Definitions

from The American Heritage® Dictionary of the English Language, 4th Edition

  • adj. From another part of the world; foreign: exotic tropical plants in a greenhouse. See Synonyms at foreign.
  • adj. Intriguingly unusual or different; excitingly strange: "If something can be explained simply, in a familiar way, then it is best to avoid more exotic explanations” ( Chet Raymo). See Synonyms at fantastic.
  • adj. Of or involving striptease: an exotic dancer.
  • n. One that is exotic.
  • n. A striptease performer.

from Wiktionary, Creative Commons Attribution/Share-Alike License

  • adj. Foreign, with the connotation of excitingly foreign.
  • adj. Non-native to the ecosystem.
  • n. An organism that is exotic to an environment.
  • n. An exotic dancer; a stripteaser.
  • n. Any exotic particle.

from the GNU version of the Collaborative International Dictionary of English

  • adj. Introduced from a foreign country; not native; extraneous; foreign
  • n. Anything of foreign origin; something not of native growth, as a plant, a word, a custom.

from The Century Dictionary and Cyclopedia

  • Of foreign origin or character; introduced from a foreign country; not native, naturalized, or familiarized; extraneous: as, an exotic plant; an exotic term or word.
  • n. Anything of foreign origin, as a plant, tree, word, practice, etc., introduced from a foreign country, and not fully acclimated, naturalized, or established in use.

from WordNet 3.0 Copyright 2006 by Princeton University. All rights reserved.

  • adj. strikingly strange or unusual
  • adj. being or from or characteristic of another place or part of the world

Etymologies

from The American Heritage® Dictionary of the English Language, 4th Edition

Latin exōticus, from Greek exōtikos, from exō, outside; see exo-.

from Wiktionary, Creative Commons Attribution/Share-Alike License

From Latin exoticus, from ἐξωτικός (eksotikos, "foreign"), literally "from the outside", from ἐξω- (ekso, "outside"), from ἐξ (eks, "out of").

Examples

  • Not to be outdone, the New York City cast took the term exotic getaway to a whole new level with a Morocco trip spanning three episodes.

    10 Things We Learned From The Real Housewives of New York City's Morocco Trilogy

  • JOHN LOWRY, LENDER, AMERICAN HOME MORTGAGE: Well, the term exotic mortgage actually came from Alan Greenspan a few years ago when he was talking about all these creative financing ways where people can afford all these exorbitant houses with low payments.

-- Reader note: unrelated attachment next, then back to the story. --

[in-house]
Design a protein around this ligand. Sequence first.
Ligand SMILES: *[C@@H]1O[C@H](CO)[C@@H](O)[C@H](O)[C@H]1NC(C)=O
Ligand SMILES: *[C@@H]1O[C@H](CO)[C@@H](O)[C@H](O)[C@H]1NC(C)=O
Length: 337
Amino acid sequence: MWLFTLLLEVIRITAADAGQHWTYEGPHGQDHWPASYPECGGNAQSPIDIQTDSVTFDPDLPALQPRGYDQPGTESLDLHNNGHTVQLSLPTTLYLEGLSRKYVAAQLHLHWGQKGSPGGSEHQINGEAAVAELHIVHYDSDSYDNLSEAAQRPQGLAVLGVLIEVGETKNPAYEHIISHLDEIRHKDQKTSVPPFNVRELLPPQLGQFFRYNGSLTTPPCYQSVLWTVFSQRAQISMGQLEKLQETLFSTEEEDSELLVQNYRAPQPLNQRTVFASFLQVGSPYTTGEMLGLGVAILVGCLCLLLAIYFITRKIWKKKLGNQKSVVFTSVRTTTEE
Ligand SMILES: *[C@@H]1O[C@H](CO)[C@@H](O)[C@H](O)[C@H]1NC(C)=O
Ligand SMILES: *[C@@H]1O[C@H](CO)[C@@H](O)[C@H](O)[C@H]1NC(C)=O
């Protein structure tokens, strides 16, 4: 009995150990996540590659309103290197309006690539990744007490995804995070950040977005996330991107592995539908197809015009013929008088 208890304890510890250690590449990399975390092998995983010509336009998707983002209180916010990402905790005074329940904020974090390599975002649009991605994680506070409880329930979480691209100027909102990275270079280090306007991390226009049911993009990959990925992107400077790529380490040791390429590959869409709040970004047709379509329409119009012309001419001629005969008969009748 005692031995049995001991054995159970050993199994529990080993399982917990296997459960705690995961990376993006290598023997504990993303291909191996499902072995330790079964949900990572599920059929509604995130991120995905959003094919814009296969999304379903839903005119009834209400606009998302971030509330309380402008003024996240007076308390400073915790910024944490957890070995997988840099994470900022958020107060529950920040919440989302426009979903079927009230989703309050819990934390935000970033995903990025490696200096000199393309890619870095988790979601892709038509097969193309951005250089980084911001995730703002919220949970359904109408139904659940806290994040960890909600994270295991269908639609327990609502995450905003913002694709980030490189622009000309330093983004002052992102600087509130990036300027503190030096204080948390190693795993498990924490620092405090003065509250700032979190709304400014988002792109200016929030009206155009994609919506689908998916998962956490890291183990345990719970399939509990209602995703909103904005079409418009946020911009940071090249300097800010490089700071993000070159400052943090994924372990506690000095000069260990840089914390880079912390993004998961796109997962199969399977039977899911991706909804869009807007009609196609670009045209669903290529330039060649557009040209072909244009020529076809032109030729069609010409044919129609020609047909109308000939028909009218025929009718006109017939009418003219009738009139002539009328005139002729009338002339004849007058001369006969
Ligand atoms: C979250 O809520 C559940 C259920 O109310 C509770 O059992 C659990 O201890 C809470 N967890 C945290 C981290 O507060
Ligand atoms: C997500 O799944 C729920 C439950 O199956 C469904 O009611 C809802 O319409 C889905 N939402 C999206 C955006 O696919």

CNN Transcript Sep 23, 2006

  • The Atlantic offers some additional thoughts on the term exotic finance.

    Dealscape

  • A few years back I was what they call an exotic dancer.

    Daddy Long Stroke

  • And that kind of attraction with Ben Affleck that Jennifer Lopez had symbolizes what we call the exotic is erotic.

    CNN Transcript Jan 1, 2009

  • Kareems business started to blossom (if you don't mind the pun) as he expanded his range in crotons, orchids, and developed what he calls his exotic range of fruit trees.

    newsday.co.tt

  • No, "exotic" is totally a red flag for Otherisation.

    Actual Fan Email, Actual Response.

  • The reason Obama is ahead by only a handful of points in a political environment poisonous for Republicans is because of lingering concern over his "exotic" (that's the code word) name and background.

    A Perception Problem

  • Color One of the most important aspects of Madeleine Castaing's decoration was her love of color — rich colors in exotic combinations — and its potential to evoke history and atmosphere.

    The Decorator's Decorator

  • She's convinced six million, slightly daft, wayward, Oprahfied, single women across the globe, that the key to repair and regeneration after a monumentally failed relationship lies in exotic globe trotting and carbo loading.

    The DC Damsel: Eat Pray Choke On It

Comments

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  • Seen here.

    June 19, 2009